For the longest time

February 2008
Pharmaceutical Representative;Feb2008, Vol. 38 Issue 2, p9
The article presents a study led by Dr. Andrew Wilper at Harvard Medical School which revealed that wait times in American emergency rooms (ERs) are dangerously long in the U.S. The research also found that between 1997 and 2004, waits increased 36% from an average of 10 minutes to 14 minutes wherein the average wait time increased from eight minutes in 1997 to 20 minutes in 2004. According to Wilper, it is hard to ignore the fact that several ERs have closed their doors.


Related Articles

  • Black Patients Wait Significantly Longer in the ED.  // Clinician Reviews;Apr2009, Vol. 19 Issue 4, p28 

    The article discusses research being done on emergency department (ED) boarding period. It references a study by J. M. Pines et al that was published in a 2009 issue of "Academy of Emergency Medicine." The study found that African-American patients admitted to the hospital through the ED have to...

  • Study: Wait times continue to lengthen -- Visits increase as EDs disappear.  // ED Management;Mar2008, Vol. 20 Issue 3, p25 

    The article focuses on a study that analyzed the time between a patient's arrival in the emergency department (ED) and when they were first seen by a physician. Accordingly, waits have increased 36% between 1997 and 2004 for more than 90,000 ED patients whose records the researchers reviewed. It...

  • ED workers fear radiological terrorism.  // Healthcare Risk Management;Feb2009, Vol. 31 Issue 2, p22 

    The article presents a study which shows that emergency department physicians and nurses are unaware and afraid of the U.S. hospitals' ability to deal with the medical effects of terrorist attacks involving radioactive materials.

  • The Emergency Department as Part of a Successful Strategy for Increasing Adult Immunization.  // JAMA: Journal of the American Medical Association;4/21/89, Vol. 261 Issue 15, p2190 

    Presents the abstract of the study 'The Emergency Department as Part of a Successful Strategy for Increasing Adult Immunization,' by Michael A. Polis and colleagues at the National Institutes of Health, National Institute of Allergy and Infectious Diseases. Acceptance of the emergency...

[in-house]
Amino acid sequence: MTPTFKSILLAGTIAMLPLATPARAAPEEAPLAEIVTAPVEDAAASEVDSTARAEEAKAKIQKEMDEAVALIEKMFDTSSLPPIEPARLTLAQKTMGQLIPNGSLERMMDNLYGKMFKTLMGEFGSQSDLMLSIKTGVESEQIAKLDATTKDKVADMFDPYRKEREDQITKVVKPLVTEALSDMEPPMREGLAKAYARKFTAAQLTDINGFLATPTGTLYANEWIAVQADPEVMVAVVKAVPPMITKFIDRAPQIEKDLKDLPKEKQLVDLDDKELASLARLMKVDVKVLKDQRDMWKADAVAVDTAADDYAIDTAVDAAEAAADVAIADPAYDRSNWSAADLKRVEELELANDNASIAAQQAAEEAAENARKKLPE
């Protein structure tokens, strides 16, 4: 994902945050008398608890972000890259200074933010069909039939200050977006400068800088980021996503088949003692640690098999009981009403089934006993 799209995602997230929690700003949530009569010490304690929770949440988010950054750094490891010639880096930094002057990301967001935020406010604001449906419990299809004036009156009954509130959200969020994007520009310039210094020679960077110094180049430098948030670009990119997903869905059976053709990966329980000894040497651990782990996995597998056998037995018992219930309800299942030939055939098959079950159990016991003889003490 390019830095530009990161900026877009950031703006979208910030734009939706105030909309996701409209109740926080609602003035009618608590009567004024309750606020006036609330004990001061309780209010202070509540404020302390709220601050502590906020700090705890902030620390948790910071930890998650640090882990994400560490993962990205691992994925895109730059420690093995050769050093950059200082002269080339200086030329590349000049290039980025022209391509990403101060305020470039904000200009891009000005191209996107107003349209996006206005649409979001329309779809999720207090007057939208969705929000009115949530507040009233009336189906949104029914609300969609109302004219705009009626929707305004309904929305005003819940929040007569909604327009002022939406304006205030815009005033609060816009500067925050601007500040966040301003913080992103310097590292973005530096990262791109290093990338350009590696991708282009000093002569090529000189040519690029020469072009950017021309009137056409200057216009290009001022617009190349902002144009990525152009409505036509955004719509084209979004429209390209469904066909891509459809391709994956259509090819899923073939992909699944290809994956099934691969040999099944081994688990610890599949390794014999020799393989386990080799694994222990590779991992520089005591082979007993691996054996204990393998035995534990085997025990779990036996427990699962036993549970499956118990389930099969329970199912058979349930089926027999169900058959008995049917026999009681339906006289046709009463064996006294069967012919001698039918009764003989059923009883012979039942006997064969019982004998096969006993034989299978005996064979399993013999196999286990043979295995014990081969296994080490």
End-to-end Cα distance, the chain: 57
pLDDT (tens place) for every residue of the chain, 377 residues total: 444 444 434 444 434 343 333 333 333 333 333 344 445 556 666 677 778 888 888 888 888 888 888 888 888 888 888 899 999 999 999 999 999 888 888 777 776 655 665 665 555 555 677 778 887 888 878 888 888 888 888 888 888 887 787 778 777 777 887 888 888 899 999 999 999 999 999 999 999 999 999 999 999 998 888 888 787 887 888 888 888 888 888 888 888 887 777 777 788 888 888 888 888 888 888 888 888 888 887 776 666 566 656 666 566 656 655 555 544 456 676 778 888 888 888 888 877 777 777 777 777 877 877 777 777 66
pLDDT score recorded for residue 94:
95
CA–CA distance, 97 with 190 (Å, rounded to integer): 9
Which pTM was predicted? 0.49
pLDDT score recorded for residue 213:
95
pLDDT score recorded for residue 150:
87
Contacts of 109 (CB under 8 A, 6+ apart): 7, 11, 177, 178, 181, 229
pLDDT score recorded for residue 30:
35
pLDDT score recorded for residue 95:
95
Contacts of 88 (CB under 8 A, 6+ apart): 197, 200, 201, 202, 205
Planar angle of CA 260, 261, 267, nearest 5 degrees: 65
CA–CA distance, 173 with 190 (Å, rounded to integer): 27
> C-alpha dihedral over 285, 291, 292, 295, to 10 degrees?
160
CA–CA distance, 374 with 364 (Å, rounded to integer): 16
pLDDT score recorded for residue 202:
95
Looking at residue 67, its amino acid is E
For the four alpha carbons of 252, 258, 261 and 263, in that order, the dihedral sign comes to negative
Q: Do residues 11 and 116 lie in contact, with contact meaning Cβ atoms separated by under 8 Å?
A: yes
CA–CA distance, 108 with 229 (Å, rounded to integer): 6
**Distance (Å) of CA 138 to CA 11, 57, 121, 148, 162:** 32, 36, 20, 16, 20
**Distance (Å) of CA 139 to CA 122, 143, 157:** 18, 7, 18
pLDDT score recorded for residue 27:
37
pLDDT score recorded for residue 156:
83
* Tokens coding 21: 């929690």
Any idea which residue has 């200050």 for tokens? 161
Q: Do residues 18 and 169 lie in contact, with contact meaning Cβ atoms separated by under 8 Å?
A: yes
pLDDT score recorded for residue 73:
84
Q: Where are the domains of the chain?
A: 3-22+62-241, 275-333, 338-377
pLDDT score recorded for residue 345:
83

• Annals of Emergency Medicine Use of CT scans in emergency rooms increased 330% in 12 years.  // Biomedical Market Newsletter;8/12/2011, Vol. 21, p406 

    The article reports on the study by the University of Michigan's Health System of national data between 1996 and 2007 which revealed that computed tomography (CT) scans in emergency rooms in the U.S. have increased by 330%.

  • Hudson Valley Hospital Center creates 'No-Wait' emergency room.  // Hudson Valley Business Journal;5/3/2004, Vol. 15 Issue 9, p9 

    Hudson Valley Hospital Center in New York is now on the road to offering a no-wait service for patients seeking treatment in the Emergency Department. Several steps have been put into place to reduce waiting time with the ultimate goal of no waiting. With an annual patient volume of 28,000...

  • Hospital applies Six Sigma method and cuts wait time for its ED patients. Towne, Jennifer // AHA News;2/8/2010, Vol. 46 Issue 3, p5 

    The article reports on the employment of the Six Sigma methodology at St. Vincent's Medical Center in Jacksonville, Florida in an aim to improve the quality of process outputs and minimize the waiting period for patients at its emergency department (ED). Through this method, various processes...

  • Consultant, more staff lead to ED turnaround.  // ED Management;Mar2008, Vol. 20 Issue 3, p27 

    Process improvement changes can reduce wait times, length of stay, patients who left without being seen, and significantly boost your patient satisfaction scores. Here are some important lessons learned by the ED team at Cape Fear Valley Medical Center in Fayetteville, NC: • If you are...

  • Inadequately Funded Universal Health Care Leads to Rationing: Part 1--Canada. STENSON, ROGER; POPIK, JENNIFER // National Right to Life News;May2009, Vol. 36 Issue 5, p6 

    The article focuses on the Canadian health care system. It explores the alleged crisis in Canada, such as the overcrowded emergency rooms, waiting time for medical procedures and short supply of physicians. This situation has allegedly created a new industry, health care brokers who assist...


Read the Article


Sorry, but this item is not currently available from your library.

Try another library?
Sign out of this library

Other Topics